UPDATED JUL 14, 2020
The Philadelphia area offers a wide range of gorgeous trails and breathtaking views that are sure to lure you outside Center City. Whether you're seeking an intensive day trip or a quick stroll, Philly nature has got you covered.
Peace Valley contains 14 miles of natural trails in the woods and meadows of Bucks County. Take a mild hour hike on the Upper Woods Trail or take your time wandering down a forty-minute walk to Lake Galena. With its picturesque white pine grove, the Evergreen Trail is a perfect hike for the holiday season.
Check out the natural and historic sites of Montgomery county and choose from six trails spanning over 30 miles at Valley Forge National Historical Park. The Joseph Plumb Martin trail is both beautiful and educational, and the off-road Mount Joy or Mount Misery paths are musts for those who enjoy a steeper, more challenging traverse.
The Forbidden Drive is mostly flat, paved with gravel and shaded by a deciduous canopy whose hue becomes warmer in the autumn months. Be sure to check out the Thomas Mill Road Bridge, the only covered bridge within Philly’s city limits as well as the hard-to-find Tedyuscung statue hidden along the hillside.
15-miles northeast of Philly, this nonprofit conservatory in Huntingdon Valley offers 11-miles of trails that are open and free to the public. As its name might suggest, the trail follows along the slow-moving Pennypack Creek and finishes with a panoramic view across the Delaware River. The 5-mile trail cuts across babbling brooks and sloping hills and is an easy-going walk or run for all fitness levels.
This 20-mile rails-to-trails path connects the Schuylkill River Trail and the Audubon Loop. Referred to as the “Perky,” it was formerly the Perkiomen Line of the Reading Railroad and now is a popular hiking and running trail about an hour northwest of Center City. Look out for horseback riders trotting by your side and even cross country skiers cruising by during the winter months.
Also known as the Green Ribbon Preserve Trail, this nearly 20-mile path follows along the Wissahickon Creek where wood ducks, great blue heron, and migrating raptors flock in the fall. Some sections are paved, while others remain more rugged as the trail system is still being completed. Be sure to check the website as some paths are often closed due to high water in the rainy months.
Just 18 miles from Center City, this gorgeous Delco park is an easy green getaway. Great for biking, hiking and trout fishing in the creek, the park is also open for in-season deer hunting. Several paved trails provide a great surface for road running, too, if that’s more your speed.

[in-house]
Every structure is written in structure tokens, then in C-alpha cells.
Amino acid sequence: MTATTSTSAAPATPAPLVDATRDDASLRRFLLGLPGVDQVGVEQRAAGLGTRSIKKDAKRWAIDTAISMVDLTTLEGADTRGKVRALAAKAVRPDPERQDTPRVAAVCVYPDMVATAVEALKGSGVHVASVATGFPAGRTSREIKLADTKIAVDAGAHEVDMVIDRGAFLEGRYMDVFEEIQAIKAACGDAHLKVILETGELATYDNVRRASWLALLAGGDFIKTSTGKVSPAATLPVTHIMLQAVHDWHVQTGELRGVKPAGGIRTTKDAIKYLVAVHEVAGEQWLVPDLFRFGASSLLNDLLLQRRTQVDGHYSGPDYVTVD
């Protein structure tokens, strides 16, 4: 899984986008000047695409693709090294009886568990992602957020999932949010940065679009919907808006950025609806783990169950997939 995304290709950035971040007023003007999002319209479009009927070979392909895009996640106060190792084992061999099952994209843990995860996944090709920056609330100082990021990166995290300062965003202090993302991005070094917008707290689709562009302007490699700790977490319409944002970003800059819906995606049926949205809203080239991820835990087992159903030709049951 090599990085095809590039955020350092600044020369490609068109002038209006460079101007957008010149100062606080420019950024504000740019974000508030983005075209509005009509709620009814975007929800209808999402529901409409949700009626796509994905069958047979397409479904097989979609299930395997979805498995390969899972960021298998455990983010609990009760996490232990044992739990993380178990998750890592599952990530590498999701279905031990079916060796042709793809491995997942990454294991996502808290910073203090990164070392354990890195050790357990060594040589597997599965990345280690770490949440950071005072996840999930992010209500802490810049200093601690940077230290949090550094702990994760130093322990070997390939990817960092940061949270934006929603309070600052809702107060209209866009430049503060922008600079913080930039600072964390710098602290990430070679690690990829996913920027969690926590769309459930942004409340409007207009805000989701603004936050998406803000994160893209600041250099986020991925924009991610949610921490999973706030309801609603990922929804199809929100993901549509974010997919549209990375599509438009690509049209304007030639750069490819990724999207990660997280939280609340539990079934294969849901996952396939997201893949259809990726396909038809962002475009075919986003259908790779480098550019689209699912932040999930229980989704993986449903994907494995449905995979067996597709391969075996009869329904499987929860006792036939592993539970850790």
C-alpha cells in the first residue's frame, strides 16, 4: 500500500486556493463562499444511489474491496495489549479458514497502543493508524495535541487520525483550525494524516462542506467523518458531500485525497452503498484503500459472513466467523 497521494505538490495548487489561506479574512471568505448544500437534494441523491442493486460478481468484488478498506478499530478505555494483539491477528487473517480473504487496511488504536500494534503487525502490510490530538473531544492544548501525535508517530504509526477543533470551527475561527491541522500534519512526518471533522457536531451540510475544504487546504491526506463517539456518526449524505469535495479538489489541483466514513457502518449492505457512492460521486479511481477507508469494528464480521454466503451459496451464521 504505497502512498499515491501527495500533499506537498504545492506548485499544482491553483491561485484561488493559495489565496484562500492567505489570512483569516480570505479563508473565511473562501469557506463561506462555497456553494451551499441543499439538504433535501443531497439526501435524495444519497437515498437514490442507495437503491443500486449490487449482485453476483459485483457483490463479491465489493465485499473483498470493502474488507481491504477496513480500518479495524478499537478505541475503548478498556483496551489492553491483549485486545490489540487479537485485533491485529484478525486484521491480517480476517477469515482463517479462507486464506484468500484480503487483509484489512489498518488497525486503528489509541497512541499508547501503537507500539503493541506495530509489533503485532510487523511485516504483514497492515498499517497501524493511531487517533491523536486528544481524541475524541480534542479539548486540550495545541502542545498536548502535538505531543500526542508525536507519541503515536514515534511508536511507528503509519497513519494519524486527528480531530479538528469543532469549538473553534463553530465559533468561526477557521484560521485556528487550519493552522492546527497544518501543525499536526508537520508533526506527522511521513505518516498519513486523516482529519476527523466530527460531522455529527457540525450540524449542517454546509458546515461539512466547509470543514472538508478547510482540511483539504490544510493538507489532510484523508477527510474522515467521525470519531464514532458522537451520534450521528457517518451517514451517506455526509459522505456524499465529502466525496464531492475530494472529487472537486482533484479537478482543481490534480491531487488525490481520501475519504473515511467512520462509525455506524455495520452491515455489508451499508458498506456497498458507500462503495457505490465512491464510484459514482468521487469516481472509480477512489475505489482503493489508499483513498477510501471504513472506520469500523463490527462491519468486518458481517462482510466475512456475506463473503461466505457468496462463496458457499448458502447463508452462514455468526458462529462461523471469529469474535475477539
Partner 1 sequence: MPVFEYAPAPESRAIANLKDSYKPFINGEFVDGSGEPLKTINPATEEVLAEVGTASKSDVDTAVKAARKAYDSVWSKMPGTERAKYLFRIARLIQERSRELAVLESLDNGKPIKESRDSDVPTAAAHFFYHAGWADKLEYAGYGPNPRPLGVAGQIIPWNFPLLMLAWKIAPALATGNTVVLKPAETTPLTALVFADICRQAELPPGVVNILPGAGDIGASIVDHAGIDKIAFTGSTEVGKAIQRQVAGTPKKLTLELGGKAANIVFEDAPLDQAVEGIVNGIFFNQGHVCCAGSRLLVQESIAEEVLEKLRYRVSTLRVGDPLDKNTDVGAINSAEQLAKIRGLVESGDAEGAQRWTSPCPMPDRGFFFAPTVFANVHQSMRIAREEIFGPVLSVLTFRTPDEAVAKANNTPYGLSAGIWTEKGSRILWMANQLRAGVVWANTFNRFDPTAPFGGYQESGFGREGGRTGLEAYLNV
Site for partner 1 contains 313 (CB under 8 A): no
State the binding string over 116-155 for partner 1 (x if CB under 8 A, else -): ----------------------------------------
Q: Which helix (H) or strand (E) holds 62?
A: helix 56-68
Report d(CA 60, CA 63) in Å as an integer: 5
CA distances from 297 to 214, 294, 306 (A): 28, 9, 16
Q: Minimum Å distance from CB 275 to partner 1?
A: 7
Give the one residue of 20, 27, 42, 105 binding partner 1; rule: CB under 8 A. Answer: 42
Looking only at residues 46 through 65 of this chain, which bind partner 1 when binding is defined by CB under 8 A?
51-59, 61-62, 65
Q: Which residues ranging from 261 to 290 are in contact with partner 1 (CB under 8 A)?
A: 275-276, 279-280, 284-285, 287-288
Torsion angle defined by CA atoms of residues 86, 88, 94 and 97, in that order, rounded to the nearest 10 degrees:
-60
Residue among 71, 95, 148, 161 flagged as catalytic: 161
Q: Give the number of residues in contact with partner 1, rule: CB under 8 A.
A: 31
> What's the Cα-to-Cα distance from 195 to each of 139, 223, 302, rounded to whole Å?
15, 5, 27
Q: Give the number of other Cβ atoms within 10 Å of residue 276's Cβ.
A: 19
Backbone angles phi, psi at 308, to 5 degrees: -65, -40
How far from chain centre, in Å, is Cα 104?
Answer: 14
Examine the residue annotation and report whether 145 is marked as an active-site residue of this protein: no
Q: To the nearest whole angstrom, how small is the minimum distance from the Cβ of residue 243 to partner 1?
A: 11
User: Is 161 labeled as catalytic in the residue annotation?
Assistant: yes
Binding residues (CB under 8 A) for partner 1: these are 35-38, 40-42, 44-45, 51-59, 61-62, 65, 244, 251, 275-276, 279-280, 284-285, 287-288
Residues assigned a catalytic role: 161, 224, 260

With a name stemming from the temporary fortification built by George Washington’s army during the autumn of 1777, this 493-acre park is now famous for its dogwood trees that blossom along its trails in the springtime. Popular for family picnics, bikers, hikers and runners alike, a wide array of trails ensure that every occasion has its place.
This Gladwyne-based park is full of paths with varying inclines and often crosses a meandering creek at the bottom of the hill. For dog-lovers, the park is off-leash territory and your furry friends will be free to roam as they please. If losing Spot is a concern, the park also contains a fenced-in dog park where you can supervise Sparky’s social time.
This Collegeville-area trail sports a 4.7-mile, lightly traveled loop filled with footbridges that run along the waterway. The creek itself is healthy and well stocked and has become a favorite with anglers. Cross over the equestrian trail before looping back to the beginning, just be sure to watch your step.
This 45-acre state park in Bucks County is chock-full of climbable rocks offering a view of the Tohickon Creek flowing beneath. While the park is certainly popular among rock climbers and kayakers when the water runs high, the area also has a number of moderate trails that climb above the creek where hikers can watch their boat-based counterparts bob and splash down the whitewater.
This Bucks County hidden gem spans 1,700 acres in Newtown and Northampton. The Neshaminy Creek weaves through the park, dividing the land into several unique sections that are hilly in some areas and flat in others. Hike out to the covered bridge and learn about the fire that destroyed it years ago, or explore the nearly 25 miles of open trails that crisscross the dog-friendly (on-leash) park.
This wild bird sanctuary in Albany Township contains 2,600 acres of land dedicated to raptor conservation and is the first refuge of its kind in the United States. The sanctuary has over eight miles of trails that vary in difficulty, stretching across the mountain and up to the summit. With numerous overlooks and places to birdwatch, we recommend bringing your binoculars if you plan on catching a glimpse of the mountain’s namesake.
Just northwest of Reading, Blue Marsh Lake has over 36 miles of trail that populates the area around the man-made reservoir. A single-track loop that spans the distance around the lake is best for hiking, mountain biking, and horseback riding while boat launches, a small beach, and picnic areas round out the possibilities of outdoor activity.
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